OUR roads could be turned into a giant game of DODGEMS!

An overhead electric vehicle charger is being installed on the Autobahn in Germany and is being tested as a possible way to help HGVs and large trucks make the transition to electric power.

But to us it just looks like a huge dodgem circuit – just without the flashy colourful lights and questionable-looking bloke taking the money.

Anyway, this is a serious attempt to clean up the environment.

Motorists are continually whacked by Governments over polluting cars. But what about buses, taxis and trucks which belch out a ton of fumes in city centres day after day.

This could be the first sign of change.

These tests on overhead chargers have been conducted on a 2km stretch of motorway have been preciously conducted but now the project is expanding, revealing significant progress in the idea’s validity.

Project ‘eHighway’ is being managed by Siemens and financed by the state and federal governments.

Electric overhead charging for trucks

Electric overhead charging for trucks

Siemens were commissioned by the German state of Hesse to develop the system on the Autobahn.

A charging system will be built into a 10km stretch of the A5 federal autobahn.

It will run between the Zeppelinheim/Cargo City Sud interchange at the Frankfurt Airport and the Darmstadt/Weiterstadt interchange.

Gerd Riegelhuth, Head of Transport of Hessen Mobil, commented on the goal of the project.

“Construction of the system will demonstrate the feasibility of integrating overhead contact systems with a public highway.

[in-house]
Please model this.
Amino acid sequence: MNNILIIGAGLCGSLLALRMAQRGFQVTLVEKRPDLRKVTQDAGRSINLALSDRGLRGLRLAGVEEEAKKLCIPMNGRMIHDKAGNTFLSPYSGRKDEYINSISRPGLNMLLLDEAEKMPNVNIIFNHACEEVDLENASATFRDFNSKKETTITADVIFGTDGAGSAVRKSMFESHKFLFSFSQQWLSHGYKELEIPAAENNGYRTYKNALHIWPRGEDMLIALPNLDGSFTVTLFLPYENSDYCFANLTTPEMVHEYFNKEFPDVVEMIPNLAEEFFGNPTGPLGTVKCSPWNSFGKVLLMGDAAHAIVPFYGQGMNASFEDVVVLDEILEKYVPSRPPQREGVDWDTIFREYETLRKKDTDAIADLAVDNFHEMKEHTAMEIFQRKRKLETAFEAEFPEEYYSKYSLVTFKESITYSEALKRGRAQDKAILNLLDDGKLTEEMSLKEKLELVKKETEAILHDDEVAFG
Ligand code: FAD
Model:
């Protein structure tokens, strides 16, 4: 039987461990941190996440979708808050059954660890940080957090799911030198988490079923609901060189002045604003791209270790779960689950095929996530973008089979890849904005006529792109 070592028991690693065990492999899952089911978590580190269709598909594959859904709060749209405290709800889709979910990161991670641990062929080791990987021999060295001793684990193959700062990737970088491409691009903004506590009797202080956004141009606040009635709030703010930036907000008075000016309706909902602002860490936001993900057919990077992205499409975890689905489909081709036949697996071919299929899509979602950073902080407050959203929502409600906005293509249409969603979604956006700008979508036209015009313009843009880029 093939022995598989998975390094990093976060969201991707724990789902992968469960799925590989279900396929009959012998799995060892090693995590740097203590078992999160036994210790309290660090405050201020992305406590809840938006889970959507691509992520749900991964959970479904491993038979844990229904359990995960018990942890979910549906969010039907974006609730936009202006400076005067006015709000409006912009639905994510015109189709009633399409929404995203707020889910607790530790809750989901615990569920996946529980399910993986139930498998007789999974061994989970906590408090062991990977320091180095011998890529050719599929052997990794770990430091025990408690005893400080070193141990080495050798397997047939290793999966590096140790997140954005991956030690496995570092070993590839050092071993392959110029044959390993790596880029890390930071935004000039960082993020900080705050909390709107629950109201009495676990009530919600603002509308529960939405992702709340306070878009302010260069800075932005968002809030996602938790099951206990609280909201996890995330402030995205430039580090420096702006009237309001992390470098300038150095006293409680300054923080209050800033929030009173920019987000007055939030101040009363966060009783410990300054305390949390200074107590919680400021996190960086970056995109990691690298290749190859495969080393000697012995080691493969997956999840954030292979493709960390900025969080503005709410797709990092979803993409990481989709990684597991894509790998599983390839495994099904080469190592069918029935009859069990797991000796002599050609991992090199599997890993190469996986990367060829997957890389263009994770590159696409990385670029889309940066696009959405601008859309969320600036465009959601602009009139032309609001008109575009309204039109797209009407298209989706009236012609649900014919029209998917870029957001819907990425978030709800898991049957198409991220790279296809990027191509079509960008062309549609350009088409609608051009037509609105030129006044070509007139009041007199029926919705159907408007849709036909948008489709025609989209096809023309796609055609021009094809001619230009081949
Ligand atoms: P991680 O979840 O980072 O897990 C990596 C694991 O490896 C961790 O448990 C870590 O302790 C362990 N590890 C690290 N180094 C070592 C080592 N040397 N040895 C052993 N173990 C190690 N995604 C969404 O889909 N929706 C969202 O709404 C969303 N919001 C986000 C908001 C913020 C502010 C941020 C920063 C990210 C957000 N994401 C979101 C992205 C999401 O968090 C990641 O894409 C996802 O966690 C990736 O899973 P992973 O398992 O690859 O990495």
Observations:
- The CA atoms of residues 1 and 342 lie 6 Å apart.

“The system will be used for real transport networks, and prove the practicality of climate-neutral freight transport in the urban region of Frankfurt.”

One of the biggest problems facing the haulage industry is that battery-powered vehicles are still not seen as a viable solution.

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These vehicles need to travel hundreds and thousands of miles daily and currently battery technology is not at a level which supports this.

Additionally the weight of the loads onboard these vehicles will almost certainly impact the range of the trucks.

Similar systems to the ‘eHighway’ are being considered in Sweden and California for trials.

Siemens explains that the overhead charging system could save €20,000 of fuel saving can be achieved by a 40-ton truck driving 100,000km on the e-Highway (2014 prices).

Additionally they state that 6,000,000 tonnes of CO2 can be saved every year if 30 per cent of truck traffic on German highways is electrified and supplied with renewable energy.

The eHighway project will be tested over the next two years.

Until then, if you want overhead electricity, nip down to your local fairground…

Phil Lanning